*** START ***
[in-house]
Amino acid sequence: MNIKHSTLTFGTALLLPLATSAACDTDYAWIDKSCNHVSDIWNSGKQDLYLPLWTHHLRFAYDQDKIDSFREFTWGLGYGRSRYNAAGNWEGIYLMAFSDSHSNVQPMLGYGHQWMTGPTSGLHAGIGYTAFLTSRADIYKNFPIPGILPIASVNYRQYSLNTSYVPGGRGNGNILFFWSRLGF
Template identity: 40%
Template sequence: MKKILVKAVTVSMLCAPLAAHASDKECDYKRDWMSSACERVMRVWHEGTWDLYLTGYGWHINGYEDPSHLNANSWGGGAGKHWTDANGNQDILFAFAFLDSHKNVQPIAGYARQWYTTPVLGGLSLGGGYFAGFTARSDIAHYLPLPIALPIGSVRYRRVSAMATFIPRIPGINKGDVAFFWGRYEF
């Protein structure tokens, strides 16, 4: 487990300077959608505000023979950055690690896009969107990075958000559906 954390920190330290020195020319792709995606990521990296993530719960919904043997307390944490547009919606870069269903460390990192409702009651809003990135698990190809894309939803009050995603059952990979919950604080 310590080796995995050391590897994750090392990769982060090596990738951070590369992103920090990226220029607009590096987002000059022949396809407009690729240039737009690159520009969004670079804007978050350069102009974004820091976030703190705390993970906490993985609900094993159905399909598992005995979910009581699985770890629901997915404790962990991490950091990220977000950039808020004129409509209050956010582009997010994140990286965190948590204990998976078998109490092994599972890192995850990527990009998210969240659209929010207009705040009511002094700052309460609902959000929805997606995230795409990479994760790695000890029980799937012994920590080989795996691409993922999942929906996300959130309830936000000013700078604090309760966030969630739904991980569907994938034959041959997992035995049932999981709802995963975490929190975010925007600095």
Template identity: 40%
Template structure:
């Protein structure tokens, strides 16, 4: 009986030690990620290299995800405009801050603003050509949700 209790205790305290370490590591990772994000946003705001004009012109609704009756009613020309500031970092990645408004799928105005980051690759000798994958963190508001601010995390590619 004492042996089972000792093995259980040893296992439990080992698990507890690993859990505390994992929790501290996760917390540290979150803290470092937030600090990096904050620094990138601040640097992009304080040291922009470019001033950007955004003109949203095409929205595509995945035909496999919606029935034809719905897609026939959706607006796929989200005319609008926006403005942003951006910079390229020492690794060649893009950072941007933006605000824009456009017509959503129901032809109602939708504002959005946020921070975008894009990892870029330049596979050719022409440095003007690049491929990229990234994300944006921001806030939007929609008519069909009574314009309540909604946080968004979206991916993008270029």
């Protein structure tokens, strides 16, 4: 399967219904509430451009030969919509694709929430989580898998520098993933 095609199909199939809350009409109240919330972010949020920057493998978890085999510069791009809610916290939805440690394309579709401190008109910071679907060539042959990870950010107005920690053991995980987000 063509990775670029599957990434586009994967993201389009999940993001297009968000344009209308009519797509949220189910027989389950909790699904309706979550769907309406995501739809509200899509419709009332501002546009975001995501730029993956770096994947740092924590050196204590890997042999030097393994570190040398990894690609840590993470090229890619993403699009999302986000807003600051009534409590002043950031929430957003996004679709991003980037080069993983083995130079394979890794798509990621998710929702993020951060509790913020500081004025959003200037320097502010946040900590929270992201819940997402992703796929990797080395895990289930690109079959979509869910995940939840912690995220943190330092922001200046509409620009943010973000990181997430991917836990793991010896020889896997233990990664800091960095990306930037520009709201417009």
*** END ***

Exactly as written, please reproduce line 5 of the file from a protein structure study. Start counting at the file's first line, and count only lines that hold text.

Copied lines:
């Protein structure tokens, strides 16, 4: 487990300077959608505000023979950055690690896009969107990075958000559906 954390920190330290020195020319792709995606990521990296993530719960919904043997307390944490547009919606870069269903460390990192409702009651809003990135698990190809894309939803009050995603059952990979919950604080 310590080796995995050391590897994750090392990769982060090596990738951070590369992103920090990226220029607009590096987002000059022949396809407009690729240039737009690159520009969004670079804007978050350069102009974004820091976030703190705390993970906490993985609900094993159905399909598992005995979910009581699985770890629901997915404790962990991490950091990220977000950039808020004129409509209050956010582009997010994140990286965190948590204990998976078998109490092994599972890192995850990527990009998210969240659209929010207009705040009511002094700052309460609902959000929805997606995230795409990479994760790695000890029980799937012994920590080989795996691409993922999942929906996300959130309830936000000013700078604090309760966030969630739904991980569907994938034959041959997992035995049932999981709802995963975490929190975010925007600095």